Wednesday, September 29, 2010

Will these things become obselete? From

21 Things That Will Become Obsolete in Education by 2020

Last night I read and posted the clip on '21 Things That Became Obsolete in the Last Decade

1. Desks
The 21st century does not fit neatly into rows. Neither should your students. Allow the network-based concepts of flow, collaboration, and dynamism help you rearrange your room for authentic 21st century learning.

2. Language Labs
Foreign language acquisition is only a smartphone away. Get rid of those clunky desktops and monitors and do something fun with that room.

3. Computers
Ok, so this is a trick answer. More precisely this one should read: 'Our concept of what a computer is'. Because computing is going mobile and over the next decade we're going to see the full fury of individualized computing via handhelds come to the fore. Can't wait.

4. Homework
The 21st century is a 24/7 environment. And the next decade is going to see the traditional temporal boundaries between home and school disappear. And despite whatever Secretary Duncan might say, we don't need kids to 'go to school' more; we need them to 'learn' more. And this will be done 24/7 and on the move (see #3).

5. The Role of Standardized Tests in College Admissions
The AP Exam is on its last legs. The SAT isn't far behind. Over the next ten years, we will see Digital Portfolios replace test scores as the #1 factor in college admissions.

6. Differentiated Instruction as the Sign of a Distinguished Teacher
The 21st century is customizable. In ten years, the teacher who hasn't yet figured out how to use tech to personalize learning will be the teacher out of a job. Differentiation won't make you 'distinguished'; it'll just be a natural part of your work.

7. Fear of Wikipedia
Wikipedia is the greatest democratizing force in the world right now. If you are afraid of letting your students peruse it, it's time you get over yourself.

8. Paperbacks
Books were nice. In ten years' time, all reading will be via digital means. And yes, I know, you like the 'feel' of paper. Well, in ten years' time you'll hardly tell the difference as 'paper' itself becomes digitized.

9. Attendance Offices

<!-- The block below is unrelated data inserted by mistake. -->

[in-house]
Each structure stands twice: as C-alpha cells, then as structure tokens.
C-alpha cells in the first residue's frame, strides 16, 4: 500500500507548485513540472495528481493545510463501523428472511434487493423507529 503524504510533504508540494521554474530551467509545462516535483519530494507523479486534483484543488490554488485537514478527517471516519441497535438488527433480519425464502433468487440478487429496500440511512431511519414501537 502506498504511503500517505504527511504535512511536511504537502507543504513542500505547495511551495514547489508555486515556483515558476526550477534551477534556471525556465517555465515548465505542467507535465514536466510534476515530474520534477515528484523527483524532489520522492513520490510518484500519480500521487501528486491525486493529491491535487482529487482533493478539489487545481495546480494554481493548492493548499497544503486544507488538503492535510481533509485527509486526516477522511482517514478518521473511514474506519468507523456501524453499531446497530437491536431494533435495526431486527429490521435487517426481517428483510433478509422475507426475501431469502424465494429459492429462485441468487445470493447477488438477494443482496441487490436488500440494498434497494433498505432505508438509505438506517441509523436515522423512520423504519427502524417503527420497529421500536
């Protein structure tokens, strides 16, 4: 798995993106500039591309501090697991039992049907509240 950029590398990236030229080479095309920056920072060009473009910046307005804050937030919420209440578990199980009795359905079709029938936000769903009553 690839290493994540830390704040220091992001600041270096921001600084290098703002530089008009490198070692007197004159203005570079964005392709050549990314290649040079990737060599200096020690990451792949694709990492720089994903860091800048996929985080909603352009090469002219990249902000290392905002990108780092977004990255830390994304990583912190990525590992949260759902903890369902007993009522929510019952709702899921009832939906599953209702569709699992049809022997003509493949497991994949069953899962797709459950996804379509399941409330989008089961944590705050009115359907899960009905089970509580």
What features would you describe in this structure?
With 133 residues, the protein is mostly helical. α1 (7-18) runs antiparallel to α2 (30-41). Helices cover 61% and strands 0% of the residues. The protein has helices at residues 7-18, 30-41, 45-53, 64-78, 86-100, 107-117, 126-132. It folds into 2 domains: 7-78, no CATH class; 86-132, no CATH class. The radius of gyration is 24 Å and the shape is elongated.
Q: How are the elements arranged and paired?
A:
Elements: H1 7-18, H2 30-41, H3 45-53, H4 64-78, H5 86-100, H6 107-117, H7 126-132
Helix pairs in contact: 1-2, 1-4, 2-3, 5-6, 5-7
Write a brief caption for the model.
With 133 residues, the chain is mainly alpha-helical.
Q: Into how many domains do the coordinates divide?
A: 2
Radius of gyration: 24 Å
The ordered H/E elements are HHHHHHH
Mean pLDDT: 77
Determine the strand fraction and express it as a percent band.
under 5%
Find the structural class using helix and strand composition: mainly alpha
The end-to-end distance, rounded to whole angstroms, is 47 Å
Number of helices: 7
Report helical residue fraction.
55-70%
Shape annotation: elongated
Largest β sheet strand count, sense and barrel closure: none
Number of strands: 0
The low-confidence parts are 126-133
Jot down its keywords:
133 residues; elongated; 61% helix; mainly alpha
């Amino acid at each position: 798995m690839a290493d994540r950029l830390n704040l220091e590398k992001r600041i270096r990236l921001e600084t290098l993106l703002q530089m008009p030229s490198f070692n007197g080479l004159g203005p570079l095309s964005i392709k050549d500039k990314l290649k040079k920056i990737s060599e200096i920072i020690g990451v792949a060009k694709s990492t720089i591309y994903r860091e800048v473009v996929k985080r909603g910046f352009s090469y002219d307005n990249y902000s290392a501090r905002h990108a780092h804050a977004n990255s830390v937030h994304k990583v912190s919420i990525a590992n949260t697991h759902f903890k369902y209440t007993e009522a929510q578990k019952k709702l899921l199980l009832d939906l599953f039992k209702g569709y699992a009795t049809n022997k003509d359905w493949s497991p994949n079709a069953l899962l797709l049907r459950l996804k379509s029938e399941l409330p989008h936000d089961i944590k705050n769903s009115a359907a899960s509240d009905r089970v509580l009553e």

Bio scans. 'Nuff said.

10. Lockers. A coat-check, maybe.

11. IT Departments
Ok, so this is another trick answer. More subtly put: IT Departments as we currently know them. Cloud computing and a decade's worth of increased wifi and satellite access will make some of the traditional roles of IT -- software, security, and connectivity -- a thing of the past. What will IT professionals do with all their free time? Innovate. Look to tech departments to instigate real change in the function of schools over the next twenty years.

12. Centralized Institutions
School buildings are going to become 'homebases' of learning, not the institutions where all learning happens. Buildings will get smaller and greener, student and teacher schedules will change to allow less people on campus at any one time, and more teachers and students will be going out into their communities to engage in experiential learning.

13. Organization of Educational Services by Grade
Education over the next ten years will become more individualized, leaving the bulk of grade-based learning in the past. Students will form peer groups by interest and these interest groups will petition for specialized learning. The structure of K-12 will be fundamentally altered.

14. Education School Classes that Fail to Integrate Social Technology
This is actually one that could occur over the next five years. Education Schools have to realize that if they are to remain relevant, they are going to have to demand that 21st century tech integration be modeled by the very professors who are supposed to be preparing our teachers.

15. Paid/Outsourced Professional Development
No one knows your school as well as you. With the power of a PLN in their back pockets, teachers will rise up to replace peripatetic professional development gurus as the source of school wide prof dev programs. This is already happening.

16. Current Curricular Norms
There is no reason why every student needs to take however many credits in the same course of study as every other student. The root of curricular change will be the shift in middle schools to a role as foundational content providers and high schools as places for specialized learning.

17. Parent-Teacher Conference Night
Ongoing parent-teacher relations in virtual reality will make parent-teacher conference nights seem quaint. Over the next ten years, parents and teachers will become closer than ever as a result of virtual communication opportunities. And parents will drive schools to become ever more tech integrated.